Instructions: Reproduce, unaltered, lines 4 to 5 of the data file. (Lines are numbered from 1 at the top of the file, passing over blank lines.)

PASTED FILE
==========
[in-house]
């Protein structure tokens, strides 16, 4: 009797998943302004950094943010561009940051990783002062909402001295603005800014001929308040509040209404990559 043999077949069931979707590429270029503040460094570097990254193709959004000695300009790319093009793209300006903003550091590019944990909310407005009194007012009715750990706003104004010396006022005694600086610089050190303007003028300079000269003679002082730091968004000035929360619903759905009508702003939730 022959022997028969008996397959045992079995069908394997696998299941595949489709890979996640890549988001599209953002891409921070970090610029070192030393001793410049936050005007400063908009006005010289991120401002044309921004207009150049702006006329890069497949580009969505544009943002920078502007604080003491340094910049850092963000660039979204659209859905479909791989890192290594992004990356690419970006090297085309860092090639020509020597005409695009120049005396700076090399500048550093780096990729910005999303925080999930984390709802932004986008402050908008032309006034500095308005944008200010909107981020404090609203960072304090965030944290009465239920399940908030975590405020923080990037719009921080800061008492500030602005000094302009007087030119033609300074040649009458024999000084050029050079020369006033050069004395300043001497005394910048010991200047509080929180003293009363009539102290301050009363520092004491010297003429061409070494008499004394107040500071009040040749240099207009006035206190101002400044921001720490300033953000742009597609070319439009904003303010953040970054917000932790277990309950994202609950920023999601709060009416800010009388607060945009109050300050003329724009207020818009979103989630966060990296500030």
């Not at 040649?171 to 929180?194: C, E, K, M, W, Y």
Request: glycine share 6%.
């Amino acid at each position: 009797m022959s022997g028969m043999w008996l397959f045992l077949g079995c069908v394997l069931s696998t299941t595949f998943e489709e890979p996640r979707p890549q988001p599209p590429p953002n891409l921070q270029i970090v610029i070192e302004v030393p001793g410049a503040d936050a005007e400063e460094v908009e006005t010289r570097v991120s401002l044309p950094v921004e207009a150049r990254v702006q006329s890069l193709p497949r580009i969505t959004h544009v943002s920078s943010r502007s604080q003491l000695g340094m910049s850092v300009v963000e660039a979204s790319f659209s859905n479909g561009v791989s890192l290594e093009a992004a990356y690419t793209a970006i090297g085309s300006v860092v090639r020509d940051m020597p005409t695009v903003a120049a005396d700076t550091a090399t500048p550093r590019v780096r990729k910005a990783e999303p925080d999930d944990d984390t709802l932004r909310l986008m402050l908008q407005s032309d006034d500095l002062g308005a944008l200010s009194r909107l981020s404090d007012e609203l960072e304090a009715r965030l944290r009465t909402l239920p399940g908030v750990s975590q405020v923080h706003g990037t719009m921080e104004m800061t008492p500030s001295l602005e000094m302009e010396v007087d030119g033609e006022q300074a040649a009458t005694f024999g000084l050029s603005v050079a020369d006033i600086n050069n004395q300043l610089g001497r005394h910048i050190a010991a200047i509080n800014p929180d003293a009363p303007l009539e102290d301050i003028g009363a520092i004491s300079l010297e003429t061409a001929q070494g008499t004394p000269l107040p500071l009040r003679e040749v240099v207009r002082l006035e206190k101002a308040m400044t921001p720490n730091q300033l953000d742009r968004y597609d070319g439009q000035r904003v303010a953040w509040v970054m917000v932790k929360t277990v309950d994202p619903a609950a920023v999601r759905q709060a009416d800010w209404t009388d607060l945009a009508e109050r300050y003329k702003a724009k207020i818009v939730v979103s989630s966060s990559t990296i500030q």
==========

Request: glycine share 6%.
């Amino acid at each position: 009797m022959s022997g028969m043999w008996l397959f045992l077949g079995c069908v394997l069931s696998t299941t595949f998943e489709e890979p996640r979707p890549q988001p599209p590429p953002n891409l921070q270029i970090v610029i070192e302004v030393p001793g410049a503040d936050a005007e400063e460094v908009e006005t010289r570097v991120s401002l044309p950094v921004e207009a150049r990254v702006q006329s890069l193709p497949r580009i969505t959004h544009v943002s920078s943010r502007s604080q003491l000695g340094m910049s850092v300009v963000e660039a979204s790319f659209s859905n479909g561009v791989s890192l290594e093009a992004a990356y690419t793209a970006i090297g085309s300006v860092v090639r020509d940051m020597p005409t695009v903003a120049a005396d700076t550091a090399t500048p550093r590019v780096r990729k910005a990783e999303p925080d999930d944990d984390t709802l932004r909310l986008m402050l908008q407005s032309d006034d500095l002062g308005a944008l200010s009194r909107l981020s404090d007012e609203l960072e304090a009715r965030l944290r009465t909402l239920p399940g908030v750990s975590q405020v923080h706003g990037t719009m921080e104004m800061t008492p500030s001295l602005e000094m302009e010396v007087d030119g033609e006022q300074a040649a009458t005694f024999g000084l050029s603005v050079a020369d006033i600086n050069n004395q300043l610089g001497r005394h910048i050190a010991a200047i509080n800014p929180d003293a009363p303007l009539e102290d301050i003028g009363a520092i004491s300079l010297e003429t061409a001929q070494g008499t004394p000269l107040p500071l009040r003679e040749v240099v207009r002082l006035e206190k101002a308040m400044t921001p720490n730091q300033l953000d742009r968004y597609d070319g439009q000035r904003v303010a953040w509040v970054m917000v932790k929360t277990v309950d994202p619903a609950a920023v999601r759905q709060a009416d800010w209404t009388d607060l945009a009508e109050r300050y003329k702003a724009k207020i818009v939730v979103s989630s966060s990559t990296i500030q």